If you are working five days a week, you must be given a minimum of 28 days’ paid holiday. If you work less than five days a week, the amount of holiday will be reduced pro rata, for example 22.4 days for someone working four days a week.

The law protects you from discrimination by employers on grounds of race, gender, sexual orientation, disability, age, religion or beliefs.

There’s a useful guide to your rights at work here. If you have any difficulty, you may want to contact the Shetland Citizen’s Advice Bureau.

Housing in Shetland

We have general information about housing in Shetland elsewhere on this website, so this section concentrates on the main things you need to know if you’re not familiar with the housing market in Scotland and Shetland.

As in other countries, you can either buy a house or rent one.

If you want to buy a house, the main thing to remember is that, in Shetland, houses are almost always bought and sold by solicitors working in legal firms, not by estate agents. Solicitors advertise houses for sale. Mostly, they invite written, sealed bids over a certain price (the Scottish ‘offers over’ system); a surveyor or your solicitor will be able to give you an idea of how much to offer above the asking price. However, some houses are advertised at a fixed price.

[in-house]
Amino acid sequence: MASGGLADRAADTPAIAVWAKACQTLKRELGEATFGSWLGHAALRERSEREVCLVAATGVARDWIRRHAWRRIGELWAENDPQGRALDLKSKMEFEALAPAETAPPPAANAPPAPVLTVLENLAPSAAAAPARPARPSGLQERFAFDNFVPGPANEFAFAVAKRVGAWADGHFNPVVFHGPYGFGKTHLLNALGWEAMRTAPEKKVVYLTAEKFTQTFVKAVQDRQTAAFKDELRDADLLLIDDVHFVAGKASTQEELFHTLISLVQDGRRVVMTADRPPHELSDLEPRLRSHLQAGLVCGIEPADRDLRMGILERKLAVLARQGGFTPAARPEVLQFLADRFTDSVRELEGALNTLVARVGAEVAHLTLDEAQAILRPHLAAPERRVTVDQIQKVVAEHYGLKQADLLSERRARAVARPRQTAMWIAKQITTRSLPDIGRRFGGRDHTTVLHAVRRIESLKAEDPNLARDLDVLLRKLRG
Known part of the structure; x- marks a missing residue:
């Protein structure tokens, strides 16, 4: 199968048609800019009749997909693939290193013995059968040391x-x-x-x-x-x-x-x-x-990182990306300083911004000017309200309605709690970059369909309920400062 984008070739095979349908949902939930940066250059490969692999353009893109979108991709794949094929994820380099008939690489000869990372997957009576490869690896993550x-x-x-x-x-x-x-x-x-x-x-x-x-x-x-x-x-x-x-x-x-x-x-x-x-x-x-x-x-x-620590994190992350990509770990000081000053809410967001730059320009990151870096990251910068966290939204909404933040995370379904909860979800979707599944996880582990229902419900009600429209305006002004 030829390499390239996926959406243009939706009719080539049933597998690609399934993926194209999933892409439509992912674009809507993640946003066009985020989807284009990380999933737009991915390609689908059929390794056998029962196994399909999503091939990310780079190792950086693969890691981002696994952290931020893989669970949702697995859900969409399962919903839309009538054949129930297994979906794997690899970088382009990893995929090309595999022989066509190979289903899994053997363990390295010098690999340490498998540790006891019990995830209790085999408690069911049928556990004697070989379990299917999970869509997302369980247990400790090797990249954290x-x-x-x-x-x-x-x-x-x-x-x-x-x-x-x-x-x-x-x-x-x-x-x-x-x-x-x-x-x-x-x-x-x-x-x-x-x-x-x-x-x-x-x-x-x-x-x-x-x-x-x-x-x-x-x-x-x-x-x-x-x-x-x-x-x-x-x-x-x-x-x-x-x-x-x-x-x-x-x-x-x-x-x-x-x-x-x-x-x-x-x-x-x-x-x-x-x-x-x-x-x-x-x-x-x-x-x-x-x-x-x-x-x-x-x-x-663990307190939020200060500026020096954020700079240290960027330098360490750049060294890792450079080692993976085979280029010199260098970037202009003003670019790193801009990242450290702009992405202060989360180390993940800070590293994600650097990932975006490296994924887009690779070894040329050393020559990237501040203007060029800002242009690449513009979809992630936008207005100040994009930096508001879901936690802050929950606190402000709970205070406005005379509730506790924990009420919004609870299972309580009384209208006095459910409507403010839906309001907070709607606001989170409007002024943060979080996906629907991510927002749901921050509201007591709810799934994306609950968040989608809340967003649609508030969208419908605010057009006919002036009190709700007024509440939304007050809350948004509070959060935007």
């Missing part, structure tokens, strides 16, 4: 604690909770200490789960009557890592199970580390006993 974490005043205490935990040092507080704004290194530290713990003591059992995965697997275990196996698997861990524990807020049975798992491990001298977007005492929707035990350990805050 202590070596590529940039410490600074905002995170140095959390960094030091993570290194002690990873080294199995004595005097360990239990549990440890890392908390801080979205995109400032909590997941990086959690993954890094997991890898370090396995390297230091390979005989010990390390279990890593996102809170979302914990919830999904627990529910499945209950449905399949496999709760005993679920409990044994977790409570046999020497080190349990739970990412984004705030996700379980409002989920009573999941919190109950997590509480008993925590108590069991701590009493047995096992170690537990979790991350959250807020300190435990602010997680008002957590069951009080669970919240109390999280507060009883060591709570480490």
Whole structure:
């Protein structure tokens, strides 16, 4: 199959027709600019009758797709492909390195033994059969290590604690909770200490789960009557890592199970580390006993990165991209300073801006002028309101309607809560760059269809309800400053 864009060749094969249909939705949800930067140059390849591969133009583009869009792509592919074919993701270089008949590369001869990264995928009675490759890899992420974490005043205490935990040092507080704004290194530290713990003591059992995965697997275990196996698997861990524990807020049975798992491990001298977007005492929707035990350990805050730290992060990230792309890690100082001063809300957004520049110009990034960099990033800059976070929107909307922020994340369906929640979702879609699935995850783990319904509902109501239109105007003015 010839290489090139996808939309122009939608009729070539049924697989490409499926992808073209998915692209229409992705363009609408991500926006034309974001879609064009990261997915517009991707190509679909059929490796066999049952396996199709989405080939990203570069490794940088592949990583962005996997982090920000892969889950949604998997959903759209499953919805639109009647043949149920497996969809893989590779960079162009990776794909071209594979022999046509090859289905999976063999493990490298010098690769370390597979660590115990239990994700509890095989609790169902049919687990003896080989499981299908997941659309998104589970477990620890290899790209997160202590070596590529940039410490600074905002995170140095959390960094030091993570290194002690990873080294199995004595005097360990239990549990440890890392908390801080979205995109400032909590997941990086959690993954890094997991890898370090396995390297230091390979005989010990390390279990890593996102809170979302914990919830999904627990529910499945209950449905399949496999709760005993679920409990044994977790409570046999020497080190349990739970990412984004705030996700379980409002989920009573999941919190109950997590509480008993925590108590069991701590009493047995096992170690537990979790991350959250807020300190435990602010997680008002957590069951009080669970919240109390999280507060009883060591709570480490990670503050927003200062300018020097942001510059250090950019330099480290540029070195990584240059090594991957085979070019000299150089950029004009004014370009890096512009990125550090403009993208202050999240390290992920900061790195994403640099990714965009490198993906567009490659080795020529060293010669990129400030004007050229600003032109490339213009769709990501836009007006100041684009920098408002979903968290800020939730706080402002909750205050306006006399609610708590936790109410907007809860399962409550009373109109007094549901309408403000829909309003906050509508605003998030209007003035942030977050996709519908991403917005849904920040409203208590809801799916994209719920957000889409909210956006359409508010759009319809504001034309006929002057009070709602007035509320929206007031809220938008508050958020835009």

• We must stress, however, that it should not be taken as an authoritative or complete guide to the law. We strongly advise you to check the most up-to-date position with the various government agencies that regulate immigration, employment, taxation and other matters.
  • Another useful source of information is Talent Scotland, which covers important matters such as work permits and the operation of the British tax and national insurance systems.

If you find a house that you want to buy, you should take advice from a solicitor – not the same solicitor who is selling the house. The first step is normally to let the seller’s solicitor know that you’re interested; your own solicitor can do that. That will ensure that you’re kept informed of any developments, for example the setting of a closing date for offers.

Your solicitor will make an offer on your behalf and it will include various conditions, for example to do with the date of entry. If the offer is accepted by the seller, it is binding. Neither you nor the seller can back out, unless there is some condition that cannot be met. For example, your solicitor may have included a condition on your offer requiring that there is a legal right of vehicle access to the property; if the seller cannot demonstrate that, the sale will fall through.